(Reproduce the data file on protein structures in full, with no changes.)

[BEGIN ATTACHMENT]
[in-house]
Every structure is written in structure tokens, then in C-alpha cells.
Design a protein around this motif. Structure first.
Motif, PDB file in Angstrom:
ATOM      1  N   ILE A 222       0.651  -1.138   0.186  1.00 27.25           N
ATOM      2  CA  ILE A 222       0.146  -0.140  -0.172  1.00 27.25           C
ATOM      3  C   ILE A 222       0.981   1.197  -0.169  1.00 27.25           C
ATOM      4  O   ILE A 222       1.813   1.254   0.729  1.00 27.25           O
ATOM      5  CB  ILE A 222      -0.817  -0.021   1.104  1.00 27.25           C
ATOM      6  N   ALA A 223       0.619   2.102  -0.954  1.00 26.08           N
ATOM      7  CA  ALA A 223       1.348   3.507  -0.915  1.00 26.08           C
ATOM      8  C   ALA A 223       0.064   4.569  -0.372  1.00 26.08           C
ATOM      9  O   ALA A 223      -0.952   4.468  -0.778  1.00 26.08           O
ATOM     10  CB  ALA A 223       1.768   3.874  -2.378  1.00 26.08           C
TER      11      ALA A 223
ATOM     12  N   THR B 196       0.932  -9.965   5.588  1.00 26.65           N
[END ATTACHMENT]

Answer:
[in-house]
Every structure is written in structure tokens, then in C-alpha cells.
Design a protein around this motif. Structure first.
Motif, PDB file in Angstrom:
ATOM      1  N   ILE A 222       0.651  -1.138   0.186  1.00 27.25           N
ATOM      2  CA  ILE A 222       0.146  -0.140  -0.172  1.00 27.25           C
ATOM      3  C   ILE A 222       0.981   1.197  -0.169  1.00 27.25           C
ATOM      4  O   ILE A 222       1.813   1.254   0.729  1.00 27.25           O
ATOM      5  CB  ILE A 222      -0.817  -0.021   1.104  1.00 27.25           C
ATOM      6  N   ALA A 223       0.619   2.102  -0.954  1.00 26.08           N
ATOM      7  CA  ALA A 223       1.348   3.507  -0.915  1.00 26.08           C
ATOM      8  C   ALA A 223       0.064   4.569  -0.372  1.00 26.08           C
ATOM      9  O   ALA A 223      -0.952   4.468  -0.778  1.00 26.08           O
ATOM     10  CB  ALA A 223       1.768   3.874  -2.378  1.00 26.08           C
TER      11      ALA A 223
ATOM     12  N   THR B 196       0.932  -9.965   5.588  1.00 26.65           N